Just stumbled onto a relatively new site called Our Marines. The site attempts to better connect America with the Marine Corps, and features the blogs of 6 candidates at PLC (Platoon Leaders Class). Though there isn’t much content, it’s a cool idea and has lots of potential. Check it out.
Had my physical at Newport on Monday; it was as bad as I expected.
After leaving Boston at 5AM we arrived at Newport Naval Hospital at 6:20AM. I checked in and was given a blood test, urinalysis, a hearing test, eye test, a full physical, dental exam, and this was all before lunch. After lunch I had my meeting with the orthopedic doctor, who didn’t feel comfortable starting a med board without knowing what is wrong with my leg. He orders some x-rays (which didn’t show anything) and told me I’d have to get a CT scan and come back down to Newport.
Yesterday I spoke to a SSgt at Quantico who tried to explain things to me as best she could. When a candidate it hurt at OCS, he/she is sent home to heal. The healing process is only supposed to last 6 months. Because my injury was so bad, we had to ask for extensions beyond that 6 months to allow time for the leg to heal.
It has been a year and a half since the injury happened, and I’ve started losing hope that things will ever get better. I was given the option to go to my primary orthopedic doctor at BMC and have him write a letter saying that we shouldn’t do the med board now and that I “should get better soon.” I can’t bring myself to give up not knowing if I’ll be in good enough shape to return in 6 months. I don’t want to end things with the Marines and regret making the decision the rest of my life. So I’ve decided to see my primary ortho doctor and get his opinion and possibly get that letter from him. I see him 11 Sept.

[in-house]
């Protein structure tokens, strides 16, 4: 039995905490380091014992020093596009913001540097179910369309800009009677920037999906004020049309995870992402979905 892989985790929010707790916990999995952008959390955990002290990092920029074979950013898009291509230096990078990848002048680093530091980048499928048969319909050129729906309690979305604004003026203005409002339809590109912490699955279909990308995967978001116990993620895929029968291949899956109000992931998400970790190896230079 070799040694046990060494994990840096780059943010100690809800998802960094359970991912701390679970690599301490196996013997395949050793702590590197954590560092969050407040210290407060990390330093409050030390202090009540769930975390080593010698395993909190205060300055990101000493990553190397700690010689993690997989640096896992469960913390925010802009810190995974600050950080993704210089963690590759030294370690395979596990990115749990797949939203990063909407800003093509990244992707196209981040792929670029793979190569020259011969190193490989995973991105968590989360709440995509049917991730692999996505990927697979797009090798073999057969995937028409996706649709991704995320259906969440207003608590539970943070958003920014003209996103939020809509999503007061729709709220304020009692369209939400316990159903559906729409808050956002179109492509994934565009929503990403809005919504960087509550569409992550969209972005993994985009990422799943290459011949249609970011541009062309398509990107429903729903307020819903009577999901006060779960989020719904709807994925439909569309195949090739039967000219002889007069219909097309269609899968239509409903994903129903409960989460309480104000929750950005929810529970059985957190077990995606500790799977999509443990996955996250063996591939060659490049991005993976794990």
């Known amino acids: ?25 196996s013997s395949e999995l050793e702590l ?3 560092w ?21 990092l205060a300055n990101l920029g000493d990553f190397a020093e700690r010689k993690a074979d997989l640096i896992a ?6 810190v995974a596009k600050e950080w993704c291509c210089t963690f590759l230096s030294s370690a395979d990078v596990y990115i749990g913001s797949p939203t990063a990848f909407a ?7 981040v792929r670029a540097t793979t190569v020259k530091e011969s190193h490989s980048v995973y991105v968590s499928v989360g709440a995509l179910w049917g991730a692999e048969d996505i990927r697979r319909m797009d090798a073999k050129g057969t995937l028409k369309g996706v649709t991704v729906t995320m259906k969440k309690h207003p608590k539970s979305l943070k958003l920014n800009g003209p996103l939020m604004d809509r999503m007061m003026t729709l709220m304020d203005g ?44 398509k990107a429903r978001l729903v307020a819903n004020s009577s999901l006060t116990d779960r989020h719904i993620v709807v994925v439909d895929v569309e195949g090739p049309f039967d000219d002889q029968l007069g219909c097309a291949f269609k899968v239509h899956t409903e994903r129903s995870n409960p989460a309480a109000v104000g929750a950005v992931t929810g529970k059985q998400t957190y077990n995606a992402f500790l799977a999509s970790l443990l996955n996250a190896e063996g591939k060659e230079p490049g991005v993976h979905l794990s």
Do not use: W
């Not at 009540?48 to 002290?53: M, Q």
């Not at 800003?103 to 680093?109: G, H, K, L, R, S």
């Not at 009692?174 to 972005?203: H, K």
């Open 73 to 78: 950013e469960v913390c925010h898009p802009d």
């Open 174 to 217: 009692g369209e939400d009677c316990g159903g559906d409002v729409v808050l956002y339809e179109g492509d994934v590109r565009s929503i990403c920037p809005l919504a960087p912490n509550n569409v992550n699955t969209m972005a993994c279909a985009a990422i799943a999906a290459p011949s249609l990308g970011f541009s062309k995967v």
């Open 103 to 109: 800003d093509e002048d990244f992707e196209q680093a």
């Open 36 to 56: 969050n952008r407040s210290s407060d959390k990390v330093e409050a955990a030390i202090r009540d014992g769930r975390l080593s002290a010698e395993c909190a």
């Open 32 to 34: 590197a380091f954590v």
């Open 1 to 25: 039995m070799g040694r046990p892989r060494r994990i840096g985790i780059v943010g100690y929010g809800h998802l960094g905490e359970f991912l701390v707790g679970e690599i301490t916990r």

(By the way, the little good news that came out of my trip to Newport was that my eyes are still perfect, my hearing was the best the examiner has ever seen, and my blood tests were near perfect)
The time has finally come: I have been cleared by my orthopedic doctors at Boston Medical Center to return to full duty! They don’t need to see me anymore and as far as they’re concerned I can return to OCS whenever I am physically qualified to. I can finally start jogging and begin building my strength back up. I celebrated with a 20-minute jog around Fenway.
This doesn’t mean I’ll be back in the Marines anytime soon. I still need to get off disability, be cleared by the Navy, and finally have my waivers approved by the Marines and NOMI (Naval Operational Medicine Institute).
I have been looking forward to this for quite a long time. First step: get off disability.